And That’s the Way It Is

By Paul Houston | Categories: Uncategorized

Those of us of a certain age remember that the late, great Walter Cronkite used to sign off his evening news report with the words, “And that’s the way it is.” When Cronkite anchored the CBS Evening News in the sixties and seventies, he was considered by many to be “the most trusted man in America.” It may seem hard to believe for people who don’t remember those days that a network newsperson—a member of the mainstream media—was the most trusted man in the country.

Today, many mistrust the mainstream media. People latch onto wild conspiracy theories. The age of “fake news” is in full force. The current president doesn’t wait for the country to decide if what they are seeing and hearing is true or false; he declares it all false on Twitter and suggests he is the source of truth. It is never a good idea to depend on any single source for information—particularly one that seems intent on making it up. Comedian and late-night host Stephen Colbert coined the term truthiness a few years ago to describe the idea that whether a fact feels true is more important than if it actually is. A senior White House aide has even gone so far as to coin the term “alternative facts” to describe this.

The 2016 presidential election was overwhelmed by fake news, some created by “trolls” in other countries who invented and spread stories to a believing public. When I was growing up, trolls were small monsters who lived under bridges; today they are guys sitting at computers in Montenegro, Romania, or St. Petersburg posting fake news to the internet. We were also introduced to the concept of misinformation being spread online by “bots,” which aren’t even human.

The last few decades have seen the rise of conspiracy theories finding their way into mainstream consciousness: Who really shot Kennedy? Did we really land on the moon? Was 9/11 a government action? Where was the President born? Was Sandy Hook a hoax? Did the Broward County Sheriff’s Department actually commit the shooting at Marjory Stoneman Douglas High School? For every headline, there is an equal and opposite conspiracy theory.

With many Americans, particularly young Americans, getting their news from online sources, and with those sources being mostly unvetted, where are we headed as a society? What will happen to the truth? Are we condemned to live in universe of alternative facts?

As with many questions, I believe the answers lie in education, and the question we as educators should be asking ourselves is what we can do to help our children sort and sift the information they receive so they can find a way to see the way the truth?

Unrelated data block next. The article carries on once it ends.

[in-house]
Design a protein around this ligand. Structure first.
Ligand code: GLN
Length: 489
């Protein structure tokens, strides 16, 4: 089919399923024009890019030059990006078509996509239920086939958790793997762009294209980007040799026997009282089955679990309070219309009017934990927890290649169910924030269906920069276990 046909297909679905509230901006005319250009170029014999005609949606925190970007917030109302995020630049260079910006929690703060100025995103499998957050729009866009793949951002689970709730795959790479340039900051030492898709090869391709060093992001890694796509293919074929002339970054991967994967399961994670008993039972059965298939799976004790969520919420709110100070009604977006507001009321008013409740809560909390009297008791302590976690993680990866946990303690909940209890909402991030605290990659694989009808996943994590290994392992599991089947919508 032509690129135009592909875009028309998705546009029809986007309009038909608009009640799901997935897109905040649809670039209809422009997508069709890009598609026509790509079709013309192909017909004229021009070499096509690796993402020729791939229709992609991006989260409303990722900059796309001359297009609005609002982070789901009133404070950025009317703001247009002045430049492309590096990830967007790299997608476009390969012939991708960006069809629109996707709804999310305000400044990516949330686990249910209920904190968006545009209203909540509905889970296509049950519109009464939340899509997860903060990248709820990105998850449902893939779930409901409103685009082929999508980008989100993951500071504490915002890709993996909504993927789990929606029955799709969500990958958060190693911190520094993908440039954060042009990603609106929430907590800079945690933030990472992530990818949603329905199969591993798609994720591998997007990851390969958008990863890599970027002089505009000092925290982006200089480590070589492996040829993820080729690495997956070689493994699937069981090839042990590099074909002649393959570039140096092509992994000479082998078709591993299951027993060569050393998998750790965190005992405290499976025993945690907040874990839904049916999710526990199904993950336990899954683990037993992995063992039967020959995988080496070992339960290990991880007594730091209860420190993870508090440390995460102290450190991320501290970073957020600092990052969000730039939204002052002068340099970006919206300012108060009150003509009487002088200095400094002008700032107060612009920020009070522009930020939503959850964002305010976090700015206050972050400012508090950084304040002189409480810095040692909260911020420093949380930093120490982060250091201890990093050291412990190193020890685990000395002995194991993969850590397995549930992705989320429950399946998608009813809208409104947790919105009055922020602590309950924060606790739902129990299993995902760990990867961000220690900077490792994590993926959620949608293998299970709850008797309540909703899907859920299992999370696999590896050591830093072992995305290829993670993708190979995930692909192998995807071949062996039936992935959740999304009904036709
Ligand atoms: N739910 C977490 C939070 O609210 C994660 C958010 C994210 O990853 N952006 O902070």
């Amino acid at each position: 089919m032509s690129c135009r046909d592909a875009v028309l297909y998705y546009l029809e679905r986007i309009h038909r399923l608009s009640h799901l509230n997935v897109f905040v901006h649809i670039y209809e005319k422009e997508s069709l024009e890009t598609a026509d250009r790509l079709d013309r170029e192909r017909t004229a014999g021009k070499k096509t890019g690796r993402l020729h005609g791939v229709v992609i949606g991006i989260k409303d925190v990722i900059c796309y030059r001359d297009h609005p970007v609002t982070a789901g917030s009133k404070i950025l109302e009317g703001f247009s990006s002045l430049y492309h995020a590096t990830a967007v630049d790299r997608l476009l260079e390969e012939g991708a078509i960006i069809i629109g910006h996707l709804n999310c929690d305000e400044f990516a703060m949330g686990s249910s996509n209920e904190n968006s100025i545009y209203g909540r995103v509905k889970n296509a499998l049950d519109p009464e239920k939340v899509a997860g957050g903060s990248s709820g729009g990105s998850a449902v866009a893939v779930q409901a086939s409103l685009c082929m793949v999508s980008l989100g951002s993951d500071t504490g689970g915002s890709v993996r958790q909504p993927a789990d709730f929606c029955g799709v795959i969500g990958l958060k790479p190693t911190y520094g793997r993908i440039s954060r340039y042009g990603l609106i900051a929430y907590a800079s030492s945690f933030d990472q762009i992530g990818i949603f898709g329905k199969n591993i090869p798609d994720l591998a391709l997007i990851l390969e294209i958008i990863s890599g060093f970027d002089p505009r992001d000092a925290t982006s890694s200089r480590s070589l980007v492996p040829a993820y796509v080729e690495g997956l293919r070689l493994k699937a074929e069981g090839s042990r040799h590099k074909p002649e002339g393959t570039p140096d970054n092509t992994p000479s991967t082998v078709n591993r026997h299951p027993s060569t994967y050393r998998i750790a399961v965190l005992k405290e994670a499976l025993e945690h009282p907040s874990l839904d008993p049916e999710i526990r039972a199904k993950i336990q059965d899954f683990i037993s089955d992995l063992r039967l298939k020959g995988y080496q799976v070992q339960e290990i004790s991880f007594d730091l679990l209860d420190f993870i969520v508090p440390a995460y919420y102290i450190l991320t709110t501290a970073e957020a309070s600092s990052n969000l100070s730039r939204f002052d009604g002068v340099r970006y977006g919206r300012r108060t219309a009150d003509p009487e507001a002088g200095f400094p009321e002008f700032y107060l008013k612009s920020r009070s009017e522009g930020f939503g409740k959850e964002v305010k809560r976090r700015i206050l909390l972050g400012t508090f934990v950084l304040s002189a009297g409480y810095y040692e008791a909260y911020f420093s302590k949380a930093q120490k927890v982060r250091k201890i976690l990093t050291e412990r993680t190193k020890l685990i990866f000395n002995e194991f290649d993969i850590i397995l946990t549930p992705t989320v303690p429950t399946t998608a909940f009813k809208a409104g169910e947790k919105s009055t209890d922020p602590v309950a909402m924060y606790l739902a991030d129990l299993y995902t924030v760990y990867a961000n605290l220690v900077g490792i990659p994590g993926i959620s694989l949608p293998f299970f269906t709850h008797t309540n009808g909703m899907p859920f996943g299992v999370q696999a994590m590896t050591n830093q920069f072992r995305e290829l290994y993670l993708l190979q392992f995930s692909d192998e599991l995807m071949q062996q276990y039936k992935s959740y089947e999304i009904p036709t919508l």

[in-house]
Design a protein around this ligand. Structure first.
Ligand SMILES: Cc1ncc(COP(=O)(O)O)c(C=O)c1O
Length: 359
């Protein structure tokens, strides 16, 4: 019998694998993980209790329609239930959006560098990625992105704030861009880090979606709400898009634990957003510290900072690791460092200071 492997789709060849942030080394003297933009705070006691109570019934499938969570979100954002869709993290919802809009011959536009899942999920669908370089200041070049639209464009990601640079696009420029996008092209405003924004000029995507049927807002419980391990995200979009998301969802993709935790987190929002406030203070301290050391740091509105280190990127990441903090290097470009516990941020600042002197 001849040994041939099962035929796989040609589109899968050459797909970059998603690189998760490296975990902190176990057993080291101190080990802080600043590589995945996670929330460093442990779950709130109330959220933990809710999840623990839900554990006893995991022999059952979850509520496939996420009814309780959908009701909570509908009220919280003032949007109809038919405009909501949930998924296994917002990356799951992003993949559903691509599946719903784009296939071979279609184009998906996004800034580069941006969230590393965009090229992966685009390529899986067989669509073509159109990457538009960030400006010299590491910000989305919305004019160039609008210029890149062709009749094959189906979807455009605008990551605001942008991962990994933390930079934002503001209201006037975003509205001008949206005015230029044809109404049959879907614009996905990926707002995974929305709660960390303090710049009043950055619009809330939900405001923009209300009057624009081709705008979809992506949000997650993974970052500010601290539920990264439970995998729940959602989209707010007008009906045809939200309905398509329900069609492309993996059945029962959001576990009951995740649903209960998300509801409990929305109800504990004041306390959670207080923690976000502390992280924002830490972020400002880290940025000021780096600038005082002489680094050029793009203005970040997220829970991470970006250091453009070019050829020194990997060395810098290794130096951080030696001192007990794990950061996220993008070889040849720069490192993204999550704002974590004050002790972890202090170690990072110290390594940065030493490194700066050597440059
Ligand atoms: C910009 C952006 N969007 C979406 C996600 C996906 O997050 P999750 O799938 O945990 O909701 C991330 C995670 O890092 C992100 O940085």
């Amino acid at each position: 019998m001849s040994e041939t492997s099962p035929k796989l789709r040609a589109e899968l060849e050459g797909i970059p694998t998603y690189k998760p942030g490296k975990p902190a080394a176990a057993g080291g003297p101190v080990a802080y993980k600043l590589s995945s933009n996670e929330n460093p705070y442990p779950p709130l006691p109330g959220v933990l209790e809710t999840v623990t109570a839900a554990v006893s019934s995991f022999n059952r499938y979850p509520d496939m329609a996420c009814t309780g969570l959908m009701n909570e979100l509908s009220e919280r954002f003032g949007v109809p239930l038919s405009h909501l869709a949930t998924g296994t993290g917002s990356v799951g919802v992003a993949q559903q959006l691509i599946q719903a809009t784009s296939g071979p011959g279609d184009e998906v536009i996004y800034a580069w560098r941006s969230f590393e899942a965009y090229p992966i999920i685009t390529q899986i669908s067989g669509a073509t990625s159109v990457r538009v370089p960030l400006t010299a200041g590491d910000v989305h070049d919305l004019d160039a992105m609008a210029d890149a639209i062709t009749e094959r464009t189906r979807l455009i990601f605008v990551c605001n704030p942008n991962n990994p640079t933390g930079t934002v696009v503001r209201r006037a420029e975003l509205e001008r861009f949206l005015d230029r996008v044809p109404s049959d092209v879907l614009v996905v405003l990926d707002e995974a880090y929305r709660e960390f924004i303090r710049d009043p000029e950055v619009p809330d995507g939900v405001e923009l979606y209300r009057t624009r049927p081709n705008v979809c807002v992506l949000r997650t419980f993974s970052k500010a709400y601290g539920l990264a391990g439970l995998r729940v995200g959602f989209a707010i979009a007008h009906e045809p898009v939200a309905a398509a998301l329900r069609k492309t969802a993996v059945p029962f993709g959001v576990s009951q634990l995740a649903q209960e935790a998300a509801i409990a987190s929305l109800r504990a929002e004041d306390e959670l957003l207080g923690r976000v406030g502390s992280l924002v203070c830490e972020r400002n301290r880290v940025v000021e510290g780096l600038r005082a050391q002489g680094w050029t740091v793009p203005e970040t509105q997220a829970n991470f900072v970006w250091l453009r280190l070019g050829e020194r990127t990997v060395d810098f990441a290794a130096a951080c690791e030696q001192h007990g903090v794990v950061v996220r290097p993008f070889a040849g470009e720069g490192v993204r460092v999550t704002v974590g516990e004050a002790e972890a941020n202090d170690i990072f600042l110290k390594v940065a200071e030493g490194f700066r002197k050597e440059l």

As a former English major, I love that students are exposed to the classic writings of the geniuses of the ages, However, I think we have to find some space in the curriculum to find ways to help students interpret what they are reading and hearing about today’s events. Years ago I taught an elementary class for a month using only the newspaper as my text. Further, I divided the class into four separate “newspapers” who had to cover events (skits created by the class) and report them. Imagine the students’ surprise the day the four papers came out and they found that each group had covered the events very differently. None had tried to create a bias; it was inherent in their human reaction to what they had seen and heard.

We have to find ways of bringing home this kind of lesson to the children we serve. The next generation has to be better at separating fact from fiction or our society will be in big trouble. One of the most important lessons we must teach our students is how to be reflective.

We live in a world (and work in a business) where reaction is forced from us. The world wants to know “what are we going to do about this or that?” We move directly from stimulus to response, and yet rational response can only be born from reflection. Response is the enemy of reflection. We have to learn to be more reflective, to not just answer the questions but also question the answers; then we must pass that sensibility on to our children.

We will never live in a Walter Cronkite world again, so we must find ways to help our kids be their own Uncle Walters. We have to teach them that when they get to the water, they should pause before they drink. They have to learn that stepping back is the best way of moving forward.